The economy may be stuck in a funk, but plenty of Richmonders are finding ways to entice customers with new products or services, especially in these seven industries:
You don’t need to know the results of a recent study to know that Richmond is a city seeped in ink. Richmond has 14.5 shops per 100,000 people, coming in third in the nation. And it shows. The neon glow of the neighborhood tattoo parlor is a staple of most neighborhoods inside the city. And even stodgy Chesterfield County recently approved the county’s first tattoo parlor.
You know you live in a pet friendly city when restaurants have dog bowls outside for passing canines. And Richmond has most definitely gone to the dogs. One of the first to find this rapidly growing niche was Premier Pet Products which started making a special leash decades ago and continues hiring more employees as it expands its line of humane pet products. And then there’s Bully Sticks, a locally-based maker and distributor of dog treats. They’re also hiring. Plus there’s WholesalePets.com distributing inventory to thousands of pet boutiques around the country. And of course, Zoomer Gear selling motorcycle helmets online. Richmond also has eclectic assortment of retail stores, groomers, and daycares that cater to local pet owners as well.
Students are economic stimulus gold. As VCU expands, so has the need for student housing — and business is a booming. The medical school keeps Shockoe Bottom stocked with renters, and several major projects are underway with hundreds of units coming over the next year or two, mostly in renovated industrial buildings. On the other side of campus Gilbane is constructing a new mid-rise near the new VCU Brandcenter and School of Business building. Two new apartment buildings recently went up on Belvedere south of Main Street.
It seems you can’t go to a restaurant these days without the menu touting the proximity of its ingredients. And Richmonders are eating it up. Several farmers’ markets have cropped up in the last few years and each year get even bigger. They’ve even gone mobile, like Mark Lily’s Farm to Family market which travels around town in a converted school bus. Others like Dominion Harvest and Relay Foods have similar models delivering fresh local food. Still other entrepreneurs, like Backyard Farmer and United States of Food have businesses that are based on bringing customers the most local food possible — the kind you grow in your backyard garden.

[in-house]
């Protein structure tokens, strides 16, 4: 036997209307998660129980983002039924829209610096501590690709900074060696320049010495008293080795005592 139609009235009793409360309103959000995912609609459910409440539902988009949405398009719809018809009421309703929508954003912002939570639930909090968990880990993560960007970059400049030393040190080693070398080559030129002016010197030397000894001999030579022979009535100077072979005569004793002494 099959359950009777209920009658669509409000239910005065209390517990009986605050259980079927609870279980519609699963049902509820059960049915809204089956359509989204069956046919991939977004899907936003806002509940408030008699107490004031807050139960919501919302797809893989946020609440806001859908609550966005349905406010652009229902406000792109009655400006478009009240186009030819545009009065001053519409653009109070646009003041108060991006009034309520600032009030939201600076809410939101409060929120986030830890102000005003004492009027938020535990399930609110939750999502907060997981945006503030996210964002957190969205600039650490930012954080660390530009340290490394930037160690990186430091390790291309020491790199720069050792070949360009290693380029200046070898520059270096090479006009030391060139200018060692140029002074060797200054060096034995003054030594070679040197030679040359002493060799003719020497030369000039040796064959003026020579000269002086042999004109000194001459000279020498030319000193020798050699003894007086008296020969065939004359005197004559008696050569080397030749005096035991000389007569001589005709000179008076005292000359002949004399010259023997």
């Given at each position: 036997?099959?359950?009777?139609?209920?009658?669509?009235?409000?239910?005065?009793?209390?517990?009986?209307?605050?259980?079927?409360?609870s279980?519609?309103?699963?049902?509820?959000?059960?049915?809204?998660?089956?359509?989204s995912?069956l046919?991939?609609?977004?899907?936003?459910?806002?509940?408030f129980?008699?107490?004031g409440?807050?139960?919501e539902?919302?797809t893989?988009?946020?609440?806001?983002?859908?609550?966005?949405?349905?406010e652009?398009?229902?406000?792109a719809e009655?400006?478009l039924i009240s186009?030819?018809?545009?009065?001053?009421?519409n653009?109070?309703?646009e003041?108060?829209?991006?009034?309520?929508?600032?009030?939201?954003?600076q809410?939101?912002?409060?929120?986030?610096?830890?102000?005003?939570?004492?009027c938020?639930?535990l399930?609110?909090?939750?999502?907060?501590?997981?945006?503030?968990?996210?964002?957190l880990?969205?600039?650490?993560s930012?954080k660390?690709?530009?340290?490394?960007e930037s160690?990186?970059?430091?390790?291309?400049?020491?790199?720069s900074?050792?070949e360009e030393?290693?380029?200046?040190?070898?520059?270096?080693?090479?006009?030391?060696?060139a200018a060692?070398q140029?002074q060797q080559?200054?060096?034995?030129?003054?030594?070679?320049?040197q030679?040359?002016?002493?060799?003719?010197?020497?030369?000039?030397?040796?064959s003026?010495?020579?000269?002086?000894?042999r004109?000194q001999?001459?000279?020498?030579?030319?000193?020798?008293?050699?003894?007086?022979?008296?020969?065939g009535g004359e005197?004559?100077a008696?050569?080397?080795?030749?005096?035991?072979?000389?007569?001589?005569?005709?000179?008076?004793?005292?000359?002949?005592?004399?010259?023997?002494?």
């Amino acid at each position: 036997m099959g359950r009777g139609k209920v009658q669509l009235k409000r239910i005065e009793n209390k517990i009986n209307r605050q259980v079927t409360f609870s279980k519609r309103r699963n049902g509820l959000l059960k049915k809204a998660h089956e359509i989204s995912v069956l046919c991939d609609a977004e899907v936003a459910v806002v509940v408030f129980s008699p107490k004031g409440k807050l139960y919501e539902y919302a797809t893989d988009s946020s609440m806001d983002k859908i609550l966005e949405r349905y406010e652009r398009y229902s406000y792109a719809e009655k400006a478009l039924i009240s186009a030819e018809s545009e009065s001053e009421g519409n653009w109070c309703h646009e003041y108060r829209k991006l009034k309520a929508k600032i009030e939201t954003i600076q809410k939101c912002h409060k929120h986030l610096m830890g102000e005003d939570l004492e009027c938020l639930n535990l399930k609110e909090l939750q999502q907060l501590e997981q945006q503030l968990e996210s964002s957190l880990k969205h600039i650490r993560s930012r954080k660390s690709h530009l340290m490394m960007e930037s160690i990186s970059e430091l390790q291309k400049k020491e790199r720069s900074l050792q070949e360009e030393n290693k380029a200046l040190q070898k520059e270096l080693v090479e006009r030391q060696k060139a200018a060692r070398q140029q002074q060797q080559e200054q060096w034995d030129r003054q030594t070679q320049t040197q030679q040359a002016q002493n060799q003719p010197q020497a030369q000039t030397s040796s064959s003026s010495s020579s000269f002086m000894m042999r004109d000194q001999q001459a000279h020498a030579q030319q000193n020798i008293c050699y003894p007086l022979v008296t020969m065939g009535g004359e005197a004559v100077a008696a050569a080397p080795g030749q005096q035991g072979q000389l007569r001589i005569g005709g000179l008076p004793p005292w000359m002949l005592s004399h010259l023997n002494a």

Richmond is a sports town. Just try to drive through the Fan during the Monument 10K. There is a cottage industry here keeping all those gym rats lean and mean. From solo entrepreneurs who scream, “Give me 20 more pushups” in parks around town, to small, specialized gyms like Fitness Together and CrossFit, to the homegrown big gyms like American Family Fitness, working out is big business. As if that wasn’t enough Chesterfield-based SportsQuest is covering major acreage with artificial turf in the first phase of a proposed sports Mecca. Putting on events is a growth biz, too. SportsBackers has been adding at least one new event for the last few years, and the popularity of its races grows every year. Richmond has plenty for spectators as well such as the Richmond Kickers, River City Rollergirls women’s roller derby, two arena football teams. And don’t forget Flying Squirrels adding minor league baseball at the Diamond. Plus, the University of Richmond finally has an on-campus football stadium, and season ticket sales have doubled to 4,000 in three years.
It’s obscure, and let’s be honest, not as flashy or fun as an the latest electric car, but Richmond has a huge and growing presence of specialty insurance firms, which write policies for things like medical malpractice for doctors. The newest entrant is Kinsale, (You can read about it here). And earlier this decade one opened here called James River. Plus there are some of the industries big boys Colony, Max Specialty and of course, Markel, which has been expanding by buying companies around the world. And don’t forget Monument Sports, a local firm that sells policies all over the country on sporting facilities like soccer bubbles.
Richmond isn’t the drunkest city, thankfully, but booze is a growth industry. We already had Cirrus Vodka distilled on the Southside, and this summer Reservoir Whiskey opened. Plus there is Legend beer, which finally sells six-packs of bottles in local grocery stores. Don’t forget an explosion of wine bars as well. And of course, Governor McDonnell wants to privatize liquor sales, which means that there could be a lot more stores and cheaper prices.
Al Harris is a BizSense reporter. Please send news tips to [email protected]
It looks like Richmond has no industry or manufacturing. Is this reality or were firms like DuPont, Meade Westvaco and Altria left out because there’s no “growth” in these sectors? Are tattoos really considered industry? Student housing really an “industry”?
Mr Harris, the reporter, shows he has a sense of humor with this story about our little corner of the universe. Perhaps it is a corruption of the word ‘industries’ – yes the folks are ‘industrious’ in our area, with the latest fads. Moving money around, trying to make a dollar, providing the services… Someone who wants to actually wants to manufacture a product is at a huge disadvantage – the hurdles are just too high (and the list is just too long). Just import whatever is needed! Then change how the word ‘industry’ is defined to cover any type… Read more »